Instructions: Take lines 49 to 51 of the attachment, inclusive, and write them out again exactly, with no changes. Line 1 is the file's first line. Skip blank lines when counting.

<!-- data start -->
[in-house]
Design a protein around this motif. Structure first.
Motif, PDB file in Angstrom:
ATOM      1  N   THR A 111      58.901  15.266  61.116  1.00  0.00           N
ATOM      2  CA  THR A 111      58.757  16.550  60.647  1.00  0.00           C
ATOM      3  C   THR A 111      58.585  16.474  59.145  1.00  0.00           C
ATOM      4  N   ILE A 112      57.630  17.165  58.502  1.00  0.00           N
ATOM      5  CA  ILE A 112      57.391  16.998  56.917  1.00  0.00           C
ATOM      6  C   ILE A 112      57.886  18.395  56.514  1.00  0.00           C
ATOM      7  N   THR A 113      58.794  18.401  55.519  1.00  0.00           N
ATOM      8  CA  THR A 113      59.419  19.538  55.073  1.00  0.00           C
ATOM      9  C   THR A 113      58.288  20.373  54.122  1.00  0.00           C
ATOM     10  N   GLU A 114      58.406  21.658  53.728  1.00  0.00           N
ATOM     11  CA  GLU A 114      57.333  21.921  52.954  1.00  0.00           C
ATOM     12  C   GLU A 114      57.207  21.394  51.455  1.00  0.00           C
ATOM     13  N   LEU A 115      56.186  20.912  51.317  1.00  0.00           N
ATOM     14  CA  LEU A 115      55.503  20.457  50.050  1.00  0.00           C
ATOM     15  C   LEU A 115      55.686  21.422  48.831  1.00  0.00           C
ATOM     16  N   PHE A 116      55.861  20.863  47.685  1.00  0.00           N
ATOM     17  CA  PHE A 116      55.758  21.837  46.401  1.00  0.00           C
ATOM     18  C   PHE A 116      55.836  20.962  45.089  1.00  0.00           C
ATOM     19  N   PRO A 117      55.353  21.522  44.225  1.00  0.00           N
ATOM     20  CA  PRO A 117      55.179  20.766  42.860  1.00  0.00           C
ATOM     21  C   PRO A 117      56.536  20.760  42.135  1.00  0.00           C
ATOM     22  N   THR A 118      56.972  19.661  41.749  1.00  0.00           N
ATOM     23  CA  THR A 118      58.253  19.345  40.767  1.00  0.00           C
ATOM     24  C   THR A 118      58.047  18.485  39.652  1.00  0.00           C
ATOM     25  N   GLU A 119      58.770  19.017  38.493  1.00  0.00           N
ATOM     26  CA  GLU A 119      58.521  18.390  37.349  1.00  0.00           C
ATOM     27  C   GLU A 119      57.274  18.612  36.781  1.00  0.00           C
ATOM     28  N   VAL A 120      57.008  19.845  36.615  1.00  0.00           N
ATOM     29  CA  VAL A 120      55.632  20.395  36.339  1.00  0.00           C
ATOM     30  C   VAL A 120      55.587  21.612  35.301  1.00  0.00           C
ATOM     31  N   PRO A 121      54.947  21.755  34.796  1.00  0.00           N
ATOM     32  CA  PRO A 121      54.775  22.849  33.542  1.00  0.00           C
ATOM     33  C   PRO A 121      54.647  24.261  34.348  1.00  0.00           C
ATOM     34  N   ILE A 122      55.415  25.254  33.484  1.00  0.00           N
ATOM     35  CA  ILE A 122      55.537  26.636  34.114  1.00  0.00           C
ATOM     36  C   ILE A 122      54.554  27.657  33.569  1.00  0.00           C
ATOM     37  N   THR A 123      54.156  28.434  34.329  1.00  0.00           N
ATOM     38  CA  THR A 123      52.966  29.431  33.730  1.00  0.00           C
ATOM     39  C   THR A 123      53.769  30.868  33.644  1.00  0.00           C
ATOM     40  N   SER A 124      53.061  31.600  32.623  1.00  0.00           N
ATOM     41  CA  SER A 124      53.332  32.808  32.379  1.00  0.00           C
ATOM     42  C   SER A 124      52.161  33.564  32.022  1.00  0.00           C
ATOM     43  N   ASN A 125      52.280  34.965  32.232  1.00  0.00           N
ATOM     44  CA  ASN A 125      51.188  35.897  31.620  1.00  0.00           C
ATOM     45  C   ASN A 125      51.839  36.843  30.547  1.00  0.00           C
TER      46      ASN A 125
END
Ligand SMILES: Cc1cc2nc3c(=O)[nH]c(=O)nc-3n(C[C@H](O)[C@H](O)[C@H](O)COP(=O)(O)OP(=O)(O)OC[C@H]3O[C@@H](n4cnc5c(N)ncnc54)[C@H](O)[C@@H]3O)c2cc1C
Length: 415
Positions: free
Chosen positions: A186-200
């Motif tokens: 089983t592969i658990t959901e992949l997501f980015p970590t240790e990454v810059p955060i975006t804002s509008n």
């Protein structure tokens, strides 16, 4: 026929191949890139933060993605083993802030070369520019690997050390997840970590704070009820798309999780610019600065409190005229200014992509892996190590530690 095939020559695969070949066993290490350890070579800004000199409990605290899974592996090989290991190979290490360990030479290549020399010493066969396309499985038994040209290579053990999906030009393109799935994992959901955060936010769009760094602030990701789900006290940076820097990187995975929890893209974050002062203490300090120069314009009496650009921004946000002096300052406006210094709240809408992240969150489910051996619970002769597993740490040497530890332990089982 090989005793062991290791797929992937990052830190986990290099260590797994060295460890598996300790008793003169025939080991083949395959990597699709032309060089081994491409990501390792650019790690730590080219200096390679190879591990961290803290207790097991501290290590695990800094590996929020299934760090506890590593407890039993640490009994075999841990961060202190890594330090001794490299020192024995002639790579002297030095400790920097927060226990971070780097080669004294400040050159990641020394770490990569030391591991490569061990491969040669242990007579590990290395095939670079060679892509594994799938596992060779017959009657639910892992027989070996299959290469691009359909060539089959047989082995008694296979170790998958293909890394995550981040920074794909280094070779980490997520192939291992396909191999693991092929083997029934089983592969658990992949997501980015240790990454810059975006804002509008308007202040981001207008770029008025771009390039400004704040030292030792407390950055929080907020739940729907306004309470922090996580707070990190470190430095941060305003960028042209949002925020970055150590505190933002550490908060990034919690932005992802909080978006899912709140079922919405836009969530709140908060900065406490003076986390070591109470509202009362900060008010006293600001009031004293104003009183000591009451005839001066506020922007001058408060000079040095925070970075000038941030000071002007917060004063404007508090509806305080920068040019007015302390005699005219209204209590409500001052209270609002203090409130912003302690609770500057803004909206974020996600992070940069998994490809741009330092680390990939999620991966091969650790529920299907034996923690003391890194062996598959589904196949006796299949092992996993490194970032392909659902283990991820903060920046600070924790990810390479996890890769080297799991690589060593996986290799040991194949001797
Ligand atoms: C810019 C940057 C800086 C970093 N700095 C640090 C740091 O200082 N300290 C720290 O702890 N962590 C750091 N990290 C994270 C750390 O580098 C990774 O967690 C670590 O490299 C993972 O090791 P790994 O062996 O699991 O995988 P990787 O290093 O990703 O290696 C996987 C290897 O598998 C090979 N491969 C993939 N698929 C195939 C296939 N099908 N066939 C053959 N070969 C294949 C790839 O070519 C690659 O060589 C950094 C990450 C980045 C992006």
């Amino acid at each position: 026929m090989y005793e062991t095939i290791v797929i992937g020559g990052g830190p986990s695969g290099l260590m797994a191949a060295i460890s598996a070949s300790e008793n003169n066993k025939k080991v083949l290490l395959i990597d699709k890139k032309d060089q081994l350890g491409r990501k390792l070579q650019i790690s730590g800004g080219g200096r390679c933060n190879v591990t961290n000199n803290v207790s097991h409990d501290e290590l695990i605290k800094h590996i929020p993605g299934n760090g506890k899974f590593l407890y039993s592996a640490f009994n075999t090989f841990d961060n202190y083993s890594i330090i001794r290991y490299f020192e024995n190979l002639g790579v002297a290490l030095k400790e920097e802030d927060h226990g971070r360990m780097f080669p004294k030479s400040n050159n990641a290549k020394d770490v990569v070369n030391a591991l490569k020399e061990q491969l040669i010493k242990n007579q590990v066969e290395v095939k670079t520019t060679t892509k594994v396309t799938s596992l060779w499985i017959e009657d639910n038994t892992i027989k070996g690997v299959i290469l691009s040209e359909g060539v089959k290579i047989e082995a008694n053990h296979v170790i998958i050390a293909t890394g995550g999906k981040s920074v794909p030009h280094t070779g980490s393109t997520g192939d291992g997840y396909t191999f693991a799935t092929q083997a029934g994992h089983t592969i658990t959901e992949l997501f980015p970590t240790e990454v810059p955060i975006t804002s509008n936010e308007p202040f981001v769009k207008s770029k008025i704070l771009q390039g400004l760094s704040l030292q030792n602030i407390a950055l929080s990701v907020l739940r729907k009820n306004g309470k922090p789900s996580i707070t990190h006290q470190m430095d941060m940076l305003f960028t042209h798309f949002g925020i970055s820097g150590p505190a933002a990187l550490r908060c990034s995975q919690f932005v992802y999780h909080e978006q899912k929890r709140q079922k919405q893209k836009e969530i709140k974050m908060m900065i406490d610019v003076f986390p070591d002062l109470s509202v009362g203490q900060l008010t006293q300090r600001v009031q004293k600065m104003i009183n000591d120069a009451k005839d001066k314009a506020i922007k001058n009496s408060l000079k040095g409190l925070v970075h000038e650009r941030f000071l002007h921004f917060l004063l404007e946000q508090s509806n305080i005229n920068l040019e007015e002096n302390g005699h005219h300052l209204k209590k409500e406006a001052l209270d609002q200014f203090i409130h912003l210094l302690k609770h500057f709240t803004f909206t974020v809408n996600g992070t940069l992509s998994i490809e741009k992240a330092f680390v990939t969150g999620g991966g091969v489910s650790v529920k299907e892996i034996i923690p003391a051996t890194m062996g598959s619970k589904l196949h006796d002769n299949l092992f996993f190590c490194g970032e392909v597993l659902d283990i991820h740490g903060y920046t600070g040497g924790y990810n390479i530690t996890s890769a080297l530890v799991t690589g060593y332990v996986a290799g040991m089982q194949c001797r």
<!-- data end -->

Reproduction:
TER      46      ASN A 125
END
Ligand SMILES: Cc1cc2nc3c(=O)[nH]c(=O)nc-3n(C[C@H](O)[C@H](O)[C@H](O)COP(=O)(O)OP(=O)(O)OC[C@H]3O[C@@H](n4cnc5c(N)ncnc54)[C@H](O)[C@@H]3O)c2cc1C